Guayaquil is both the largest and most dangerous city in Ecuador. To put it in perspective, both Chicago and Guayaquil carry similar crime rates. Despite repeated government efforts, crime persists in the form of robberies, car break-ins, and homicides due to limited resources, a large wealth gap, and dense population.
Many crimes go unsolved because the police don’t have the time or resources to pursue every robbery or case of pickpocketing. The primary threat to tourists is non-violent theft, so using anti-pickpocketing techniques like a belt wallet or clip zippers will help you keep track of your belongings.
If you’re planning to visit Guayaquil, it’s best to do so in the safety of a group or with a tour guide. This will help make sure you can safely enjoy the sights of Guayaquil, such as shops and restaurants along the Malecón 2000 or the gorgeous Parque Seminario and its iguanas.
Avoid walking alone at night and avoid shortcuts through alleys, especially if you’re unfamiliar with the area.
Quito Ecuador Safety
As with Guayaquil, Quito isn’t a place you should wander around at night, but for the most part, tourists have a great time in Ecuador’s capital city.
While both Guayaquil and Quito experience higher levels of crime compared to Ecuador’s smaller cities and rural towns, this is to be expected of large cities.
Visiting the historic sites of Quito is a must when visiting Ecuador, but the city draws large crowds making it the perfect hunting ground for pickpocketers.
As you stroll through the shops and historic sites, make sure you know where you’ve stored your valuables and force yourself to remain alert about anyone trying to get too close to you.
Like Guayaquil, you shouldn’t walk around Quito alone, especially at night. Your safest option is to travel in a group or with a tour guide.
One nice thing about Quito is their tourist police force who wear neon vests. These officers can help you out in an emergency, such as a personal injury or to report a crime.
Cuenca Ecuador Safety
The city of Cuenca is one of the safest in Ecuador with one of the lowest murder rates in Latin America, according to Governor Xavier Martinez. In terms of overall crime, the city ranks on the lower end when compared to similar cities in the United States.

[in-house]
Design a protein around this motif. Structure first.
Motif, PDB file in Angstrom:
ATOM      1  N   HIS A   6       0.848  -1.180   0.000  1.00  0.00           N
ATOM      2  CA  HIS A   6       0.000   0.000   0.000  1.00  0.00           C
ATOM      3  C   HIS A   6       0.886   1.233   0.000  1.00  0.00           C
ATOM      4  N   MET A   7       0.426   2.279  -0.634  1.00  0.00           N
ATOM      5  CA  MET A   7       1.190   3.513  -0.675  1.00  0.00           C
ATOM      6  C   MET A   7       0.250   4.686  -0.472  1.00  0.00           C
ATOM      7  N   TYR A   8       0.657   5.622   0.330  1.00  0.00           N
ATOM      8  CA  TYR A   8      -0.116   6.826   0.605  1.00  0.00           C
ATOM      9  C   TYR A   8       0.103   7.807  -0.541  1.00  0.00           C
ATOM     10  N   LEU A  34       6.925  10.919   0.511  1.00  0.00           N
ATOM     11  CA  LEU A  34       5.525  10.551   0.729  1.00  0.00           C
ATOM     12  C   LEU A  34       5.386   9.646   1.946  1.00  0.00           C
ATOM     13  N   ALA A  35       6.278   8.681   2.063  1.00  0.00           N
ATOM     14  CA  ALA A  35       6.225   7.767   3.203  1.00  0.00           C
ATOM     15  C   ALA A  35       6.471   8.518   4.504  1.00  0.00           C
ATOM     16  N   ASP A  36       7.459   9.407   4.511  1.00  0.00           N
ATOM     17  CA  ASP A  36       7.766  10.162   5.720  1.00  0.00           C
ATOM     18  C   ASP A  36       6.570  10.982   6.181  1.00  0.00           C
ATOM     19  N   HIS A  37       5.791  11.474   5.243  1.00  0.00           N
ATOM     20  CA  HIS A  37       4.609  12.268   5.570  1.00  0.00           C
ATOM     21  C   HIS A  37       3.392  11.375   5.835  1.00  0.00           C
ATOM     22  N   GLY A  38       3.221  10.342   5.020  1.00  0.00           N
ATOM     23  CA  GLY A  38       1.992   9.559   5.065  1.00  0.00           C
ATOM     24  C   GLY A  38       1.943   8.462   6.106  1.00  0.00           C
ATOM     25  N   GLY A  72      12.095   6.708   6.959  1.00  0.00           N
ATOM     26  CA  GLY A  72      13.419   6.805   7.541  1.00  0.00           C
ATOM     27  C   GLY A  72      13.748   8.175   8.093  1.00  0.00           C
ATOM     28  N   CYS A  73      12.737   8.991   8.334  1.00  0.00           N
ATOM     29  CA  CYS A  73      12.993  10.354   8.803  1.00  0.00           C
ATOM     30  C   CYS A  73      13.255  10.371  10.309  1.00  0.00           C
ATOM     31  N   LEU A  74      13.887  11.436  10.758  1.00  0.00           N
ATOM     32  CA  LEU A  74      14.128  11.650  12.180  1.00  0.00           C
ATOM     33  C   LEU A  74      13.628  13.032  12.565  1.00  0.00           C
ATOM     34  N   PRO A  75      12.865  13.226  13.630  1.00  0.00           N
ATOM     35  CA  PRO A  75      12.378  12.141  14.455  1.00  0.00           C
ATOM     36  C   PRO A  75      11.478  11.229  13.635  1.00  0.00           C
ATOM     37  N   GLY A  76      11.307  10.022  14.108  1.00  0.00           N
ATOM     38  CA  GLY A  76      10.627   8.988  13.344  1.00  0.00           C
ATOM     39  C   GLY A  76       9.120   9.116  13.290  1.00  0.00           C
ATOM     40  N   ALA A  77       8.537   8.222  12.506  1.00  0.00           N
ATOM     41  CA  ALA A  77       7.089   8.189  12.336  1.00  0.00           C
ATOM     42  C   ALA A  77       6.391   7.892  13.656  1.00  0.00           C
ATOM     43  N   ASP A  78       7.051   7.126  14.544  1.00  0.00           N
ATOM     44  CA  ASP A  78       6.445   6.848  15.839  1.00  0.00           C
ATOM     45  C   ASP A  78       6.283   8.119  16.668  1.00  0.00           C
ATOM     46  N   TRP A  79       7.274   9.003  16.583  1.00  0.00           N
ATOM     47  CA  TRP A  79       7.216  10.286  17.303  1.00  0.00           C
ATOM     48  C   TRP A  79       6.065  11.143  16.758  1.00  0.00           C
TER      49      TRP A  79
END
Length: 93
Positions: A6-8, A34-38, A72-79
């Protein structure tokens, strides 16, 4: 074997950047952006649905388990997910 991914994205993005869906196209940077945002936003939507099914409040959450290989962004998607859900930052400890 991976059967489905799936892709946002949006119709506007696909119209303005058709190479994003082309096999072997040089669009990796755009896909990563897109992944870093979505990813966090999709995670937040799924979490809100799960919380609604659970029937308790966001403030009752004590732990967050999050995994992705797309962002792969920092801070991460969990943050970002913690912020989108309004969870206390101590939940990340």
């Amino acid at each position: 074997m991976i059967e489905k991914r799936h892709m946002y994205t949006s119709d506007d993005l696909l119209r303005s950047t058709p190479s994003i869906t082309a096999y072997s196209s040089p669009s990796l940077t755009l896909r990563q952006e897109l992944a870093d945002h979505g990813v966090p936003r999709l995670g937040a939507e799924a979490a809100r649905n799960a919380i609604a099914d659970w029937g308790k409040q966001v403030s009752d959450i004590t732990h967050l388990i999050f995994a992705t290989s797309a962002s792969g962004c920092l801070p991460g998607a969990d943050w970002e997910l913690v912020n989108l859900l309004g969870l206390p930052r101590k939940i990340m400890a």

What this means is that you can enjoy the sights of Cuenca, like the Old and New Cathedrals or the Monastery of El Carmen de Asuncion without having to worry too much about staying safe.
However, taking certain precautions like traveling in groups and avoiding traveling alone at night are always your best bet to stay safe in any major city.
If you’ve been planning a trip to Ecuador, and you’re reluctant because of inflammatory news coverage, we hope this article provides more context to put your mind at ease. Overall, Ecuador is a very safe country, but crime is a still a risk, just as it is across the globe.
The key in Ecuador is to travel smart, keep up with local news, and explore in groups or with a tour guide when possible. Other common-sense tactics we’ve covered include avoiding nighttime travel and investing in safety products like cash belts, bags with zipper clips and personal safes.
Safety Tips to Keep in Mind
- Always remain vigilant about your surroundings, especially in crowds and tourist locations.
- Don’t be afraid to make eye contact with others.
- Avoid walking alone at night, especially along dark streets and trails.
- Don’t stand around on a dark street talking to people, this can attract unwanted attention.
- Wear a crossbody bag such as a money wallet and take advantage of zipper pockets with clips.
- Shift your backpack to the front, like a kangaroo pouch, while you’re traveling through crowds. That will make it nearly impossible for a pickpocketer to steal anything without you noticing.
- If you’re using a car, don’t store your valuables in plain sight. Put them in the glove compartment, under the seat or in the trunk.
- When you’re traveling via bus, keep your valuable belonging on your person. Don’t put them in overhead bins and don’t hand them to anyone offering to help you. Just say, “NO, gracias.”
- If you feel unsafe or suspicious of someone, keep walking until you’re in a safe, open, and public place. Or step into a restaurant or store.
- If you’re threatened with a deadly weapon, it’s best to part with your belongings. As frustrating as it may be, things can be replaced; YOU can’t!
If you have any other safety precautions, let us know about them in the comments below.